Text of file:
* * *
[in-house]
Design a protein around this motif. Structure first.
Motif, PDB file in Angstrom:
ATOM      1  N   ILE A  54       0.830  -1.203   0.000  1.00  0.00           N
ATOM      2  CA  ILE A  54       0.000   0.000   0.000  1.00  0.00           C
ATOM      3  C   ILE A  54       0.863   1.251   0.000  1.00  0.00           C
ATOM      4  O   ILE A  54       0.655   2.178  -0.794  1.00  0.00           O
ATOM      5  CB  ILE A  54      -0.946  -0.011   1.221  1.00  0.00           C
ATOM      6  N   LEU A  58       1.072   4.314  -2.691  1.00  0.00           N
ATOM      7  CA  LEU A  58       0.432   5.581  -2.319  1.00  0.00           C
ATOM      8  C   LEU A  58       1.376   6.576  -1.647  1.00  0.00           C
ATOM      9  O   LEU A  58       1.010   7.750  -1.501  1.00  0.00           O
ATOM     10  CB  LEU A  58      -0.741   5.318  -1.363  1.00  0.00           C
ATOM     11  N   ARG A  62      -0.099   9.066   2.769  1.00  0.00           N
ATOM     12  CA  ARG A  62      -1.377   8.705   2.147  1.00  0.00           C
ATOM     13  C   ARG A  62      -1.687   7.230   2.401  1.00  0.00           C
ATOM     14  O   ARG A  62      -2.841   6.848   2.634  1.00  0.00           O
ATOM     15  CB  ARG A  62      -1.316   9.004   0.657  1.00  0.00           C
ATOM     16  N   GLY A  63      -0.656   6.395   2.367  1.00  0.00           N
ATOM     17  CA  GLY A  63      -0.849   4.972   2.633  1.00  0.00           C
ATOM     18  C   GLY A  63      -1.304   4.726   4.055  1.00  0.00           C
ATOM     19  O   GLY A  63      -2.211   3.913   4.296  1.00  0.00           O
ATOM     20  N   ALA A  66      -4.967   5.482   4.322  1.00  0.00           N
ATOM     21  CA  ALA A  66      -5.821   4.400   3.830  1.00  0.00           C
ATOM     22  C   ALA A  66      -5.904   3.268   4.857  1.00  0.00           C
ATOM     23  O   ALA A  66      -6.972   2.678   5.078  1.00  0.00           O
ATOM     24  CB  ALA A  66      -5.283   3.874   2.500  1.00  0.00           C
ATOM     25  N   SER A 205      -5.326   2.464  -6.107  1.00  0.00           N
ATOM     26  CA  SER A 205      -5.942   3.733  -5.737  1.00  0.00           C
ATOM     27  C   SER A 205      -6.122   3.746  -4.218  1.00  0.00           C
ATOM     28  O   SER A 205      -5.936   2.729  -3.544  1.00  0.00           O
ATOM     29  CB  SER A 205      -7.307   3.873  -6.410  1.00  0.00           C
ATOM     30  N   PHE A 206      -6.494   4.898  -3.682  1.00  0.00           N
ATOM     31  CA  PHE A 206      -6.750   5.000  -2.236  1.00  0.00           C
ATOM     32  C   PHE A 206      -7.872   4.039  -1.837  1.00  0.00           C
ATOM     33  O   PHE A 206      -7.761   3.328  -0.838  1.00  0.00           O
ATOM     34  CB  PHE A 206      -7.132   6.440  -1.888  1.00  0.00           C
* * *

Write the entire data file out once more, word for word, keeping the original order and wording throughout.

[in-house]
Design a protein around this motif. Structure first.
Motif, PDB file in Angstrom:
ATOM      1  N   ILE A  54       0.830  -1.203   0.000  1.00  0.00           N
ATOM      2  CA  ILE A  54       0.000   0.000   0.000  1.00  0.00           C
ATOM      3  C   ILE A  54       0.863   1.251   0.000  1.00  0.00           C
ATOM      4  O   ILE A  54       0.655   2.178  -0.794  1.00  0.00           O
ATOM      5  CB  ILE A  54      -0.946  -0.011   1.221  1.00  0.00           C
ATOM      6  N   LEU A  58       1.072   4.314  -2.691  1.00  0.00           N
ATOM      7  CA  LEU A  58       0.432   5.581  -2.319  1.00  0.00           C
ATOM      8  C   LEU A  58       1.376   6.576  -1.647  1.00  0.00           C
ATOM      9  O   LEU A  58       1.010   7.750  -1.501  1.00  0.00           O
ATOM     10  CB  LEU A  58      -0.741   5.318  -1.363  1.00  0.00           C
ATOM     11  N   ARG A  62      -0.099   9.066   2.769  1.00  0.00           N
ATOM     12  CA  ARG A  62      -1.377   8.705   2.147  1.00  0.00           C
ATOM     13  C   ARG A  62      -1.687   7.230   2.401  1.00  0.00           C
ATOM     14  O   ARG A  62      -2.841   6.848   2.634  1.00  0.00           O
ATOM     15  CB  ARG A  62      -1.316   9.004   0.657  1.00  0.00           C
ATOM     16  N   GLY A  63      -0.656   6.395   2.367  1.00  0.00           N
ATOM     17  CA  GLY A  63      -0.849   4.972   2.633  1.00  0.00           C
ATOM     18  C   GLY A  63      -1.304   4.726   4.055  1.00  0.00           C
ATOM     19  O   GLY A  63      -2.211   3.913   4.296  1.00  0.00           O
ATOM     20  N   ALA A  66      -4.967   5.482   4.322  1.00  0.00           N
ATOM     21  CA  ALA A  66      -5.821   4.400   3.830  1.00  0.00           C
ATOM     22  C   ALA A  66      -5.904   3.268   4.857  1.00  0.00           C
ATOM     23  O   ALA A  66      -6.972   2.678   5.078  1.00  0.00           O
ATOM     24  CB  ALA A  66      -5.283   3.874   2.500  1.00  0.00           C
ATOM     25  N   SER A 205      -5.326   2.464  -6.107  1.00  0.00           N
ATOM     26  CA  SER A 205      -5.942   3.733  -5.737  1.00  0.00           C
ATOM     27  C   SER A 205      -6.122   3.746  -4.218  1.00  0.00           C
ATOM     28  O   SER A 205      -5.936   2.729  -3.544  1.00  0.00           O
ATOM     29  CB  SER A 205      -7.307   3.873  -6.410  1.00  0.00           C
ATOM     30  N   PHE A 206      -6.494   4.898  -3.682  1.00  0.00           N
ATOM     31  CA  PHE A 206      -6.750   5.000  -2.236  1.00  0.00           C
ATOM     32  C   PHE A 206      -7.872   4.039  -1.837  1.00  0.00           C
ATOM     33  O   PHE A 206      -7.761   3.328  -0.838  1.00  0.00           O
ATOM     34  CB  PHE A 206      -7.132   6.440  -1.888  1.00  0.00           C